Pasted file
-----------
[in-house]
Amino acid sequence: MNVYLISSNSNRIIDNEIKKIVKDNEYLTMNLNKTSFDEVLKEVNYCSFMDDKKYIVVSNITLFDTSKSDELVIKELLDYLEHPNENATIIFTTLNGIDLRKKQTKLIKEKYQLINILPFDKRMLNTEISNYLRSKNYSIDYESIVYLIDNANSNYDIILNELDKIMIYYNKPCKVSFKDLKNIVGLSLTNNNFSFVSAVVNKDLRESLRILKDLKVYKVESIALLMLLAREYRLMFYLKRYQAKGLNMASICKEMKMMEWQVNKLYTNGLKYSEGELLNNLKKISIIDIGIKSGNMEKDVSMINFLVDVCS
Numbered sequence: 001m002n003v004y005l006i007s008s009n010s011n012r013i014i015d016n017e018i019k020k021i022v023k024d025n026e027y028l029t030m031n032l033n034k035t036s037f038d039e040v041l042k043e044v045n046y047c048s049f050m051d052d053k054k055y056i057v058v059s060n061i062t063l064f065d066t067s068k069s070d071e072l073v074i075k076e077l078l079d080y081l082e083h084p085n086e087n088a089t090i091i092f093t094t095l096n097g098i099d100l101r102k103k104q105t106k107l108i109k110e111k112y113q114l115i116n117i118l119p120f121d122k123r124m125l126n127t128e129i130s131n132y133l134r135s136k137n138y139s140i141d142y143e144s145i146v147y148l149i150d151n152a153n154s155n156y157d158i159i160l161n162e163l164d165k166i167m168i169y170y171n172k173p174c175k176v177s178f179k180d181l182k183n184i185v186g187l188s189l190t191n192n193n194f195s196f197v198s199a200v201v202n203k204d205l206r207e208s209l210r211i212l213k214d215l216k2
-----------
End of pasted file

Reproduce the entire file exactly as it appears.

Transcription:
[in-house]
Amino acid sequence: MNVYLISSNSNRIIDNEIKKIVKDNEYLTMNLNKTSFDEVLKEVNYCSFMDDKKYIVVSNITLFDTSKSDELVIKELLDYLEHPNENATIIFTTLNGIDLRKKQTKLIKEKYQLINILPFDKRMLNTEISNYLRSKNYSIDYESIVYLIDNANSNYDIILNELDKIMIYYNKPCKVSFKDLKNIVGLSLTNNNFSFVSAVVNKDLRESLRILKDLKVYKVESIALLMLLAREYRLMFYLKRYQAKGLNMASICKEMKMMEWQVNKLYTNGLKYSEGELLNNLKKISIIDIGIKSGNMEKDVSMINFLVDVCS
Numbered sequence: 001m002n003v004y005l006i007s008s009n010s011n012r013i014i015d016n017e018i019k020k021i022v023k024d025n026e027y028l029t030m031n032l033n034k035t036s037f038d039e040v041l042k043e044v045n046y047c048s049f050m051d052d053k054k055y056i057v058v059s060n061i062t063l064f065d066t067s068k069s070d071e072l073v074i075k076e077l078l079d080y081l082e083h084p085n086e087n088a089t090i091i092f093t094t095l096n097g098i099d100l101r102k103k104q105t106k107l108i109k110e111k112y113q114l115i116n117i118l119p120f121d122k123r124m125l126n127t128e129i130s131n132y133l134r135s136k137n138y139s140i141d142y143e144s145i146v147y148l149i150d151n152a153n154s155n156y157d158i159i160l161n162e163l164d165k166i167m168i169y170y171n172k173p174c175k176v177s178f179k180d181l182k183n184i185v186g187l188s189l190t191n192n193n194f195s196f197v198s199a200v201v202n203k204d205l206r207e208s209l210r211i212l213k214d215l216k2